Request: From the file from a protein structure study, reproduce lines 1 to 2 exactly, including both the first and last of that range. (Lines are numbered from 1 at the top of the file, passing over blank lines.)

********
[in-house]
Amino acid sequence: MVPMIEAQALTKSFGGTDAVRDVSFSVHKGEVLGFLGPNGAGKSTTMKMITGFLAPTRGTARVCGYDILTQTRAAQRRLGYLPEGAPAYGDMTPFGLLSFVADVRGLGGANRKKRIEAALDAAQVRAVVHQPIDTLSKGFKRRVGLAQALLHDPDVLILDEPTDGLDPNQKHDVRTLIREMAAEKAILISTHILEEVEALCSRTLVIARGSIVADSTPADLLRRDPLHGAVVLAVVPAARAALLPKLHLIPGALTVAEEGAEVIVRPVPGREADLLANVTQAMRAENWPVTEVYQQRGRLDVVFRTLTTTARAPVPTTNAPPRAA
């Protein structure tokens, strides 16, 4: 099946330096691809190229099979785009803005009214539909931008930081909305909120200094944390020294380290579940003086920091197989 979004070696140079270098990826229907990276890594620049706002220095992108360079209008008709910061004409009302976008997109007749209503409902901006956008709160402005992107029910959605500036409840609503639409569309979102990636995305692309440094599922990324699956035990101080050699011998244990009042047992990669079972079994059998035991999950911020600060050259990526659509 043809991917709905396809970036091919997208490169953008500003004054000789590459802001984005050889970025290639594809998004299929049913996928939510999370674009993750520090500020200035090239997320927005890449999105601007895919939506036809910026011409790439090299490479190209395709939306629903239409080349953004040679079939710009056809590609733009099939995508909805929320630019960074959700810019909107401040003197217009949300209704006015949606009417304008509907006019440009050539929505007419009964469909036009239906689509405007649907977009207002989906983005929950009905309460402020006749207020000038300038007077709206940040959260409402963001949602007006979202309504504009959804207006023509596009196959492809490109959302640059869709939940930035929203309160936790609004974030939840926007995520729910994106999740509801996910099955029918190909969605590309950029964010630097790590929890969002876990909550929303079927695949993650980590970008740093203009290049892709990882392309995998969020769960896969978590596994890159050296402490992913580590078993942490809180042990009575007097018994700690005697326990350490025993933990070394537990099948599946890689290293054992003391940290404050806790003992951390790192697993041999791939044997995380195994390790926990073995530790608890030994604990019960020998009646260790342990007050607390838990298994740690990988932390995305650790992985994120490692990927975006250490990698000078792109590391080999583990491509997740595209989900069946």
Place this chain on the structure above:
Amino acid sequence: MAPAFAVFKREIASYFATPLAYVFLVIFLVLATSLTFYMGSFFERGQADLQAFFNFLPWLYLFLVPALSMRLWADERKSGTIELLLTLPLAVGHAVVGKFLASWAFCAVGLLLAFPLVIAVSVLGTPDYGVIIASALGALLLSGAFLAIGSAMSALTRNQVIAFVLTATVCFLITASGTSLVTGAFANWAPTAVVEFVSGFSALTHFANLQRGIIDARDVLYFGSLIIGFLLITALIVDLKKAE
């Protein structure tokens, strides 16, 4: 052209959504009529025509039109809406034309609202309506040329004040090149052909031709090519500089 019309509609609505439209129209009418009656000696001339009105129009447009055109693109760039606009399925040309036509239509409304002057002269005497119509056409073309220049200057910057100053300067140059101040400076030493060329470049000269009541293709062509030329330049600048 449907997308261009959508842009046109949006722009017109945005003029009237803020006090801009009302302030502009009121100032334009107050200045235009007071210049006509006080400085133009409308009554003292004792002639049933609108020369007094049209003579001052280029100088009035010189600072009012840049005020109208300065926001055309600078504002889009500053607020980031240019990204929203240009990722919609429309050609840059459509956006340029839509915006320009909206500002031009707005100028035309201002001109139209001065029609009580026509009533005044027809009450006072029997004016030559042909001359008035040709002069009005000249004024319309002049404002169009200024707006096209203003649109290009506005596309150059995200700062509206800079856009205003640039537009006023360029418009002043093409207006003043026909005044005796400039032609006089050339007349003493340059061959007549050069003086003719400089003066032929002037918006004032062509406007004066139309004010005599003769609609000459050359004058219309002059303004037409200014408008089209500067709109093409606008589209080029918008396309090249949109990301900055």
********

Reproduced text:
[in-house]
Amino acid sequence: MVPMIEAQALTKSFGGTDAVRDVSFSVHKGEVLGFLGPNGAGKSTTMKMITGFLAPTRGTARVCGYDILTQTRAAQRRLGYLPEGAPAYGDMTPFGLLSFVADVRGLGGANRKKRIEAALDAAQVRAVVHQPIDTLSKGFKRRVGLAQALLHDPDVLILDEPTDGLDPNQKHDVRTLIREMAAEKAILISTHILEEVEALCSRTLVIARGSIVADSTPADLLRRDPLHGAVVLAVVPAARAALLPKLHLIPGALTVAEEGAEVIVRPVPGREADLLANVTQAMRAENWPVTEVYQQRGRLDVVFRTLTTTARAPVPTTNAPPRAA